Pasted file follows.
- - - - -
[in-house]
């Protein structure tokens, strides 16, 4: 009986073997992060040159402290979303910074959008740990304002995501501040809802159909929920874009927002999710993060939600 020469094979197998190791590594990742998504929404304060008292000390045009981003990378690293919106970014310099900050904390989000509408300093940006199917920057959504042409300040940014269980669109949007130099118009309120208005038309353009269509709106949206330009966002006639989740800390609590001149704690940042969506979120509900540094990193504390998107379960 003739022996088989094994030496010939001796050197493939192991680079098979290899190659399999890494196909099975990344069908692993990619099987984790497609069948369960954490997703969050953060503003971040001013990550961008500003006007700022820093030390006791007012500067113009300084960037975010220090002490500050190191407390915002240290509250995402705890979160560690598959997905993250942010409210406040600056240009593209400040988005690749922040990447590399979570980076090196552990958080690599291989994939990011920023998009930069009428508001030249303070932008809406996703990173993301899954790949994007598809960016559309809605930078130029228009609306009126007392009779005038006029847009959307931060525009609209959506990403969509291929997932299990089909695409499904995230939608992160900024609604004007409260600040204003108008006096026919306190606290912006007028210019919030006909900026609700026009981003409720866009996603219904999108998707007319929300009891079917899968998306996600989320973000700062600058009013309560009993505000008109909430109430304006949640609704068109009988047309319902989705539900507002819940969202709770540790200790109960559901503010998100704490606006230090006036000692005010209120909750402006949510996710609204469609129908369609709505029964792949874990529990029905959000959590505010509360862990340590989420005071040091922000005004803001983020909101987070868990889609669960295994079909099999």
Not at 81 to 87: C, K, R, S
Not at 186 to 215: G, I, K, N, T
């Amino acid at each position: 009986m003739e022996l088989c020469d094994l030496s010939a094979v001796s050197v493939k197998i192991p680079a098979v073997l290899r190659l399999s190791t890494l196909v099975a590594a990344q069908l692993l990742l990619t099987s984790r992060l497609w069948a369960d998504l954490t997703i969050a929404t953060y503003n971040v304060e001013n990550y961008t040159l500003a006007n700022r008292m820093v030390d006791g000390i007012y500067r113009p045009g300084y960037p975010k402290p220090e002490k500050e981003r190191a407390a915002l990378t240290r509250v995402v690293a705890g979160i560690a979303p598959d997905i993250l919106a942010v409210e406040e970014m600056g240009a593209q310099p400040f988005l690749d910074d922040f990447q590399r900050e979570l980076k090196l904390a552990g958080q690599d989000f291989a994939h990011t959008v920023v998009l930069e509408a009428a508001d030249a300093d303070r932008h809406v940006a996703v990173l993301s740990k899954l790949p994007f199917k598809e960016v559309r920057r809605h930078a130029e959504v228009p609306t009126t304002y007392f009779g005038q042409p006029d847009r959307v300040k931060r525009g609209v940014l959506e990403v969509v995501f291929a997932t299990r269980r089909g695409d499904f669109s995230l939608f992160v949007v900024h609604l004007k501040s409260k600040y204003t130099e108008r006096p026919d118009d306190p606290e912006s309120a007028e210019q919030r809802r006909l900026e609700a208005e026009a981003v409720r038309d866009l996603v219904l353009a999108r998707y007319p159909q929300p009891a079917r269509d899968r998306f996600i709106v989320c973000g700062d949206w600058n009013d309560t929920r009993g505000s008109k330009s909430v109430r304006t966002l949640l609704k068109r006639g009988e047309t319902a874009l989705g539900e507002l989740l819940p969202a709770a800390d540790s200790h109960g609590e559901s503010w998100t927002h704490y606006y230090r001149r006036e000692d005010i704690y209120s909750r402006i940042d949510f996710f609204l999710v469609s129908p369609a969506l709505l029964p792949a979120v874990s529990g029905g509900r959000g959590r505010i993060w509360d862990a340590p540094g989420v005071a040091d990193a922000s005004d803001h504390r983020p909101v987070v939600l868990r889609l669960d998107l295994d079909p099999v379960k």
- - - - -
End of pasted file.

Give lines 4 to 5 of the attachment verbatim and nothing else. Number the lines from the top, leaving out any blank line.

Not at 186 to 215: G, I, K, N, T
């Amino acid at each position: 009986m003739e022996l088989c020469d094994l030496s010939a094979v001796s050197v493939k197998i192991p680079a098979v073997l290899r190659l399999s190791t890494l196909v099975a590594a990344q069908l692993l990742l990619t099987s984790r992060l497609w069948a369960d998504l954490t997703i969050a929404t953060y503003n971040v304060e001013n990550y961008t040159l500003a006007n700022r008292m820093v030390d006791g000390i007012y500067r113009p045009g300084y960037p975010k402290p220090e002490k500050e981003r190191a407390a915002l990378t240290r509250v995402v690293a705890g979160i560690a979303p598959d997905i993250l919106a942010v409210e406040e970014m600056g240009a593209q310099p400040f988005l690749d910074d922040f990447q590399r900050e979570l980076k090196l904390a552990g958080q690599d989000f291989a994939h990011t959008v920023v998009l930069e509408a009428a508001d030249a300093d303070r932008h809406v940006a996703v990173l993301s740990k899954l790949p994007f199917k598809e960016v559309r920057r809605h930078a130029e959504v228009p609306t009126t304002y007392f009779g005038q042409p006029d847009r959307v300040k931060r525009g609209v940014l959506e990403v969509v995501f291929a997932t299990r269980r089909g695409d499904f669109s995230l939608f992160v949007v900024h609604l004007k501040s409260k600040y204003t130099e108008r006096p026919d118009d306190p606290e912006s309120a007028e210019q919030r809802r006909l900026e609700a208005e026009a981003v409720r038309d866009l996603v219904l353009a999108r998707y007319p159909q929300p009891a079917r269509d899968r998306f996600i709106v989320c973000g700062d949206w600058n009013d309560t929920r009993g505000s008109k330009s909430v109430r304006t966002l949640l609704k068109r006639g009988e047309t319902a874009l989705g539900e507002l989740l819940p969202a709770a800390d540790s200790h109960g609590e559901s503010w998100t927002h704490y606006y230090r001149r006036e000692d005010i704690y209120s909750r402006i940042d949510f996710f609204l999710v469609s129908p369609a969506l709505l029964p792949a979120v874990s529990g029905g509900r959000g959590r505010i993060w509360d862990a340590p540094g989420v005071a040091d990193a922000s005004d803001h504390r983020p909101v987070v939600l868990r889609l669960d998107l295994d079909p099999v379960k």